Spring Beneficial Insects

Ladybugs

Ladybugs, also known as lady beetles, are beneficial predaceous insects. They are well known for their appetite for aphids and are great for releasing in a greenhouse as it provides a closed and controlled environment.

Releasing Ladybugs

After receiving your live ladybugs, leave bag sealed and place in refrigerator to calm the beetles from their transporting experience. Release at early evening as night time allows them to settle in, find food and water, and get acquainted with their new space, your home garden. Sprinkle some water in your garden before their release to provide immediate moisture. Once they’re settled in, their moisture needs will be met from eating aphids and other plant pests.

Nematodes in Spring

Prevent plant damage with beneficial nematodes.

Beneficial nematodes provide one of the most effective and easy-to-use biological controls for certain difficult insect pests.  Beneficial nematodes only attack insects with a soil-dwelling development stage, so they pose no risks to other animals nor to most other beneficial insects and pollinators.  Because they are sensitive to sunlight, drought, and also restricted by cold soil temperatures, in western Oregon nematodes are mostly applied in the fall or the spring, on moist soil and during the cool hours of morning or evening.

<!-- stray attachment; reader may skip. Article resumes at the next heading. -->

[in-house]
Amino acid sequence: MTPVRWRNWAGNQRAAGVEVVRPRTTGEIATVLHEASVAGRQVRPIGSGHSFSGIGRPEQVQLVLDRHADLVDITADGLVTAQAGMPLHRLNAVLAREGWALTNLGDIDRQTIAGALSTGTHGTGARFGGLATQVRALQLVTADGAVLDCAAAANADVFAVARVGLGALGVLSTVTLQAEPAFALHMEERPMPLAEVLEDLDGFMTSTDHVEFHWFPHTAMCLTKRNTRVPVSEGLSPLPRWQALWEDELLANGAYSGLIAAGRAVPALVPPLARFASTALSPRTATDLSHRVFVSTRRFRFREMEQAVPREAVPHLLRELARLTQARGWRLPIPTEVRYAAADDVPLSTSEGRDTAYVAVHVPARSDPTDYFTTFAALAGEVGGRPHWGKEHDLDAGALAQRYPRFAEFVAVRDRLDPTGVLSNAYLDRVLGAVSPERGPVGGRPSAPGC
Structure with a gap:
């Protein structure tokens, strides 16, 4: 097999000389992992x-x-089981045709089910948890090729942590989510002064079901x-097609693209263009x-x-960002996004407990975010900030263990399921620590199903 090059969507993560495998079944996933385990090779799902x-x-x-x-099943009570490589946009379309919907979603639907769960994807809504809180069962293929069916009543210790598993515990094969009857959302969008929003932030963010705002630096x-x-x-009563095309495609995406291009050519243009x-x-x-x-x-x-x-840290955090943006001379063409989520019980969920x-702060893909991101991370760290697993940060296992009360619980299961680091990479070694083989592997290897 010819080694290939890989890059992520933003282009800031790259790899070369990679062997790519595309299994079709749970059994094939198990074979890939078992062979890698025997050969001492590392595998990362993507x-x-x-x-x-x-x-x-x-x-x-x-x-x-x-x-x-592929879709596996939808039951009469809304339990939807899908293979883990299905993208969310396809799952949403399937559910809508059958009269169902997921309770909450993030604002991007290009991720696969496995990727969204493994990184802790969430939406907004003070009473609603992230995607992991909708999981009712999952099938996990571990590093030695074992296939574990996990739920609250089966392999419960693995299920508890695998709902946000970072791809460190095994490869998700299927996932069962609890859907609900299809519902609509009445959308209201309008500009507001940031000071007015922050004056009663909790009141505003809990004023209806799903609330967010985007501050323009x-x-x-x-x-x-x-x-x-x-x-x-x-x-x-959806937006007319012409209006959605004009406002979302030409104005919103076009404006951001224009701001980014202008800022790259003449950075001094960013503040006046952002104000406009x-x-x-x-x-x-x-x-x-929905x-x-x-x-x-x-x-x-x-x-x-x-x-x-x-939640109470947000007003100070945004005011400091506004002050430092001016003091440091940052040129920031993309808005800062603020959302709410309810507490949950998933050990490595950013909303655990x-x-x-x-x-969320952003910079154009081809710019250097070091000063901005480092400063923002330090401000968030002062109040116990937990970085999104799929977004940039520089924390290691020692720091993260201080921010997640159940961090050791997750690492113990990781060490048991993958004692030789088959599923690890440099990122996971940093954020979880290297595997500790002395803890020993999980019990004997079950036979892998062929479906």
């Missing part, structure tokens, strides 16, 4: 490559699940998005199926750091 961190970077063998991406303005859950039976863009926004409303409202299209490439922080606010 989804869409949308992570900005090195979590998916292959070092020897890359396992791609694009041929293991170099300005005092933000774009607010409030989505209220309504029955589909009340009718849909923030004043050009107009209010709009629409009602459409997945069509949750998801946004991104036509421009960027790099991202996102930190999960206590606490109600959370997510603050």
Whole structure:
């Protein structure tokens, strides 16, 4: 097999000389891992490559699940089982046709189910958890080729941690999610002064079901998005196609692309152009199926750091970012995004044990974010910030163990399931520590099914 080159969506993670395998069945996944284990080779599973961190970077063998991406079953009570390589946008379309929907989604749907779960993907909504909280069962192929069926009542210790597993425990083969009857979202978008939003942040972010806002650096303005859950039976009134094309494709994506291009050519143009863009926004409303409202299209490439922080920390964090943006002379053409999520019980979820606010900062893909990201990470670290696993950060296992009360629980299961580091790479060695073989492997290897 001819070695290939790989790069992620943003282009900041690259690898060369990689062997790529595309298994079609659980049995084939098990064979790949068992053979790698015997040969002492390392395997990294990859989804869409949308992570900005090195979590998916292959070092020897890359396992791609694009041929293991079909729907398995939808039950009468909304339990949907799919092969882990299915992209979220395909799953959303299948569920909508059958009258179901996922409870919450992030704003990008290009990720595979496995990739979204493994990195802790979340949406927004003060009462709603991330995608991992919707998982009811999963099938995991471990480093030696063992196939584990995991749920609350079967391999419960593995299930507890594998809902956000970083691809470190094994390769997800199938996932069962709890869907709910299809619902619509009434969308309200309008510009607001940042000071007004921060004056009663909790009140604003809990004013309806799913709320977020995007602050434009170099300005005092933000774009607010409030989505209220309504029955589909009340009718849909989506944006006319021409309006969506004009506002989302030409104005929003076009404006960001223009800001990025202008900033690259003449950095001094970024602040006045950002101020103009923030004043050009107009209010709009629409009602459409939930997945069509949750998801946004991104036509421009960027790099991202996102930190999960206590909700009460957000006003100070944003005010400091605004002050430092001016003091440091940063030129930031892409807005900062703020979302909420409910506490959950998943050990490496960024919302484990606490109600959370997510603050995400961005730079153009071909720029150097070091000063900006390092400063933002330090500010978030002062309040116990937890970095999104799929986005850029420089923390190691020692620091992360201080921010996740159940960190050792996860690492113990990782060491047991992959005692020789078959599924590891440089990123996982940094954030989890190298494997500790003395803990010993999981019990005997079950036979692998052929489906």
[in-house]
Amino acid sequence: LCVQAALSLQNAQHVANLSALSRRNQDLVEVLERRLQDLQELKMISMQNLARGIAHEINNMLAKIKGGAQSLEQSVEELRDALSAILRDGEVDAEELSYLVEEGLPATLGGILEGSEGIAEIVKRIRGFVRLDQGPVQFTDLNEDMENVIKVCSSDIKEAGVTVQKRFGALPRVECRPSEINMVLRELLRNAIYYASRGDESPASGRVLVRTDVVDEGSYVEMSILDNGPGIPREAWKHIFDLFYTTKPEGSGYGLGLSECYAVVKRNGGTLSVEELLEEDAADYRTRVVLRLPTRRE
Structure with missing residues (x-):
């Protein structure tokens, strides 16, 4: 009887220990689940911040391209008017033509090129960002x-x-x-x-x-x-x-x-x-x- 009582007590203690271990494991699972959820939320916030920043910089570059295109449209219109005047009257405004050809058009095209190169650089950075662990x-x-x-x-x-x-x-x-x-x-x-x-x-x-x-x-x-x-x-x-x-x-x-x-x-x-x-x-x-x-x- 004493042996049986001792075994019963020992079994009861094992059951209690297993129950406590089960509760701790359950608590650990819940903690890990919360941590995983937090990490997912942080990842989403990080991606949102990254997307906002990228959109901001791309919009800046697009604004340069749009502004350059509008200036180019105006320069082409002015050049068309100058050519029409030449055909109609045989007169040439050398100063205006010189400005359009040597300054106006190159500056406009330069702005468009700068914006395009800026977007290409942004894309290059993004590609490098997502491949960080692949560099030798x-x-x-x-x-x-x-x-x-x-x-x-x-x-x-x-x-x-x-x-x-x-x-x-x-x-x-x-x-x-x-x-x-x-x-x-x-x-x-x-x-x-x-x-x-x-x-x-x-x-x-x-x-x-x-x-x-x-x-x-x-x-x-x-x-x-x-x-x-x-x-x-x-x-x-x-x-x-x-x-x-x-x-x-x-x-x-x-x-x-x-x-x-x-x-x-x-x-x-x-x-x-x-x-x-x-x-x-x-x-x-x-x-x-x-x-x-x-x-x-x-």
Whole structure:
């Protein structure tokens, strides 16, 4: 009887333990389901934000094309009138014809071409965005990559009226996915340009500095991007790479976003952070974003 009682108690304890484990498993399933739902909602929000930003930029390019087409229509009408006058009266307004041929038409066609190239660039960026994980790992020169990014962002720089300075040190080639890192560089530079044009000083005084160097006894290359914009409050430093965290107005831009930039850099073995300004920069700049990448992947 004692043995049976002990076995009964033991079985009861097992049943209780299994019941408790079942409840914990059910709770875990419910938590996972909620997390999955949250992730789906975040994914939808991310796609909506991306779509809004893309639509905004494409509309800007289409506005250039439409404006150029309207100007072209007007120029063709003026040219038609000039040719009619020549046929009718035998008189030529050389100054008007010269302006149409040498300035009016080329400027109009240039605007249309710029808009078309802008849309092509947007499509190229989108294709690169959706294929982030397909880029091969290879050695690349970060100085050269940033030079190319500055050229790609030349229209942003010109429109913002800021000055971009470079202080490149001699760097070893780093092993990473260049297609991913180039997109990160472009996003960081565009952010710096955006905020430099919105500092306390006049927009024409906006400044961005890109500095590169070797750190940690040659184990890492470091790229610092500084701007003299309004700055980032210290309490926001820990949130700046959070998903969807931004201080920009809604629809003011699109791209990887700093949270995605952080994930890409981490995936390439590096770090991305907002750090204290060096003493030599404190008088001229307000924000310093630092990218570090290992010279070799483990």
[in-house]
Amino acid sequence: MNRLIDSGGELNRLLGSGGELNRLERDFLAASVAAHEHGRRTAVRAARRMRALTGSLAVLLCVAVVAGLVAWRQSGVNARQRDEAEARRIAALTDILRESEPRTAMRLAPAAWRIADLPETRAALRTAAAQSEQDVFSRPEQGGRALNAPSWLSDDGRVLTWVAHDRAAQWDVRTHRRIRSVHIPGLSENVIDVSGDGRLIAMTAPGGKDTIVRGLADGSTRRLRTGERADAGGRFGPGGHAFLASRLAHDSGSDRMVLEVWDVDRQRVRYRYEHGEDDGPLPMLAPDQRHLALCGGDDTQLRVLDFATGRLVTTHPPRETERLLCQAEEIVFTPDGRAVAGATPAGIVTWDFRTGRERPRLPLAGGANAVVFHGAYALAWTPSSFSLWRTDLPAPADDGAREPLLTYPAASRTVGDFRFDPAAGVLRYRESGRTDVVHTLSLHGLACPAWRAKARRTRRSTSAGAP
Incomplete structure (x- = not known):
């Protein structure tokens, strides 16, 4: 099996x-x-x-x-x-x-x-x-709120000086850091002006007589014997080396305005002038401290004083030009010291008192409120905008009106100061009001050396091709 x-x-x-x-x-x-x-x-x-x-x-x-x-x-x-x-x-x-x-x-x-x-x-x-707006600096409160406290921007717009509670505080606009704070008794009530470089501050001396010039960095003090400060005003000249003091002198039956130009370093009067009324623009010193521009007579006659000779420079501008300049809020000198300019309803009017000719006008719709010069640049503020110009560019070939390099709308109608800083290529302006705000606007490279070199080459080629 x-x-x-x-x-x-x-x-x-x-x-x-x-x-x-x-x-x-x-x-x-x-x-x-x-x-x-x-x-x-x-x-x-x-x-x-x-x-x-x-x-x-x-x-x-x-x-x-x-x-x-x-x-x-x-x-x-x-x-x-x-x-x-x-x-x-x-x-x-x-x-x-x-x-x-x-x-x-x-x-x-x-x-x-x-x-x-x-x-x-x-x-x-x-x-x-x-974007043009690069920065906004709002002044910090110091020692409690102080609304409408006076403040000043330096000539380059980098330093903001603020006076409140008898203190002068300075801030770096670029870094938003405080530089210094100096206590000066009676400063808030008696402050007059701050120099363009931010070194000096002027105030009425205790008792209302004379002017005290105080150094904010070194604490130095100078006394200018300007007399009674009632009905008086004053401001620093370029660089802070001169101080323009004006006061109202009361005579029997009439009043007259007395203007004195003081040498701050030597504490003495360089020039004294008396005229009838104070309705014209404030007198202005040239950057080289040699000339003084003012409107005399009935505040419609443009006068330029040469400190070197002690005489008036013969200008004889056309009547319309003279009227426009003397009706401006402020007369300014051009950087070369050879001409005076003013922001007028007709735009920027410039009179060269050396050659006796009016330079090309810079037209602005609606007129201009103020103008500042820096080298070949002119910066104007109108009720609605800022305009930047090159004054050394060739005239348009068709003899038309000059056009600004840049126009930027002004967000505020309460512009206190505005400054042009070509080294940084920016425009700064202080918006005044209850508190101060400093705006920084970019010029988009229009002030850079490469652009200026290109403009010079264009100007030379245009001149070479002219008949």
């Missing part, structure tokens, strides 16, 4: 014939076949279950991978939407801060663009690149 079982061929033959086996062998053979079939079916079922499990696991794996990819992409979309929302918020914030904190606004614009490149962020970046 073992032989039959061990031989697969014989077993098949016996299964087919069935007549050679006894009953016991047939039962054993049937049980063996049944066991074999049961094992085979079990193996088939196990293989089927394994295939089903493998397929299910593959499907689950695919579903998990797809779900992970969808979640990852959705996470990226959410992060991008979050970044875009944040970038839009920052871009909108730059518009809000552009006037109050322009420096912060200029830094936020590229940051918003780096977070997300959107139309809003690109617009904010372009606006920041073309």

Spring Application

Wait for soil to warm a bit for best results, as early as April or as late as mid June.  Where pest problems are extensive, try a second application about 2 weeks after the first.

-Apply nematodes to lawn to control cutworms, fleas, and sod webworm.  Spring applications are unlikely to provide adequate European cranefly control.
-Apply nematodes to the roots of rhododendrons, azaleas, and similar broad-leaf evergreens to control root weevils; the fall control is better, but spring application can be effective if fall is missed or as a follow-up for very bad infestations.
-Apply nematodes to garden areas to control or reduce your local populations of many beetles (including cucumber beetle), cutworms, and wireworms.

To use beneficial nematodes, first get a rough measurement of how large of an area you need to treat.  The common small size package of 10 million nematodes (no, I didn’t count them!) can treat an urban garden, a dozen or more mature shrubs, or a small front yard – maybe 2000 square feet.  If you are trying to stretch them as far as possible, apply through a sprayer – but if you are treating a few raised beds or rhododendrons it will be easier to use a watering can.

With that in mind, create a solution of nematodes by soaking the media they come on in a bucket with a gallon or so of water.  Skim the media off the top and scatter it into the treatment area; for a small area add enough solution to half fill your watering can and top it off with more water, then pour as evenly as possible over the treatment area.  For larger areas, pour the solution through a filter into your sprayer.  A gallon run through a sprayer should cover about 750 square feet, so if you are doing an entire 2000 square foot yard, mix one part of your solution with two parts water to make enough volume for coverage.

See package or ask your local nursery for additional application suggestions or advice.  A light watering after application is recommended (if the rain doesn’t do the job for you).